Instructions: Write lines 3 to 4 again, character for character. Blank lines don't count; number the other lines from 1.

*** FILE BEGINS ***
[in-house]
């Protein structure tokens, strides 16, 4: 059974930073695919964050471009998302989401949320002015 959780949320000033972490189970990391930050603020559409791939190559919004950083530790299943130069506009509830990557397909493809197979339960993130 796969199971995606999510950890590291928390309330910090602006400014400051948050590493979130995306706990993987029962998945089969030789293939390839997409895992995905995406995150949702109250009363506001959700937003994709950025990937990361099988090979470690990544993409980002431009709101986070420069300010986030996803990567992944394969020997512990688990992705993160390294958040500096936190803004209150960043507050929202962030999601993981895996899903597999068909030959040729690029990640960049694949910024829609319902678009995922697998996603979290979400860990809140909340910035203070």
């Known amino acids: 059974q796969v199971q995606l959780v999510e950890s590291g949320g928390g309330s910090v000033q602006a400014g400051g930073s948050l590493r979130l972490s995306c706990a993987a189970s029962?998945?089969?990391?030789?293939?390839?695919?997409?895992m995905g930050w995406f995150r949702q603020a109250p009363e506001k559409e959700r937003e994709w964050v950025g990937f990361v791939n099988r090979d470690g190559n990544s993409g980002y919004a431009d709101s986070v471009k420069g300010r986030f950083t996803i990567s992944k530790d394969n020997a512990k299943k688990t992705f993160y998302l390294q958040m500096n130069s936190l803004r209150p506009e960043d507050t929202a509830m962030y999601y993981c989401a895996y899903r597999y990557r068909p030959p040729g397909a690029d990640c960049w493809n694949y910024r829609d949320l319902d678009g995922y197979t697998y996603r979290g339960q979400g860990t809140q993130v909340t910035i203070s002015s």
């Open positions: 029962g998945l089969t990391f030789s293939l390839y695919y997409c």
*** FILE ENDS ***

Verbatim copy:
């Known amino acids: 059974q796969v199971q995606l959780v999510e950890s590291g949320g928390g309330s910090v000033q602006a400014g400051g930073s948050l590493r979130l972490s995306c706990a993987a189970s029962?998945?089969?990391?030789?293939?390839?695919?997409?895992m995905g930050w995406f995150r949702q603020a109250p009363e506001k559409e959700r937003e994709w964050v950025g990937f990361v791939n099988r090979d470690g190559n990544s993409g980002y919004a431009d709101s986070v471009k420069g300010r986030f950083t996803i990567s992944k530790d394969n020997a512990k299943k688990t992705f993160y998302l390294q958040m500096n130069s936190l803004r209150p506009e960043d507050t929202a509830m962030y999601y993981c989401a895996y899903r597999y990557r068909p030959p040729g397909a690029d990640c960049w493809n694949y910024r829609d949320l319902d678009g995922y197979t697998y996603r979290g339960q979400g860990t809140q993130v909340t910035i203070s002015s």
């Open positions: 029962g998945l089969t990391f030789s293939l390839y695919y997409c």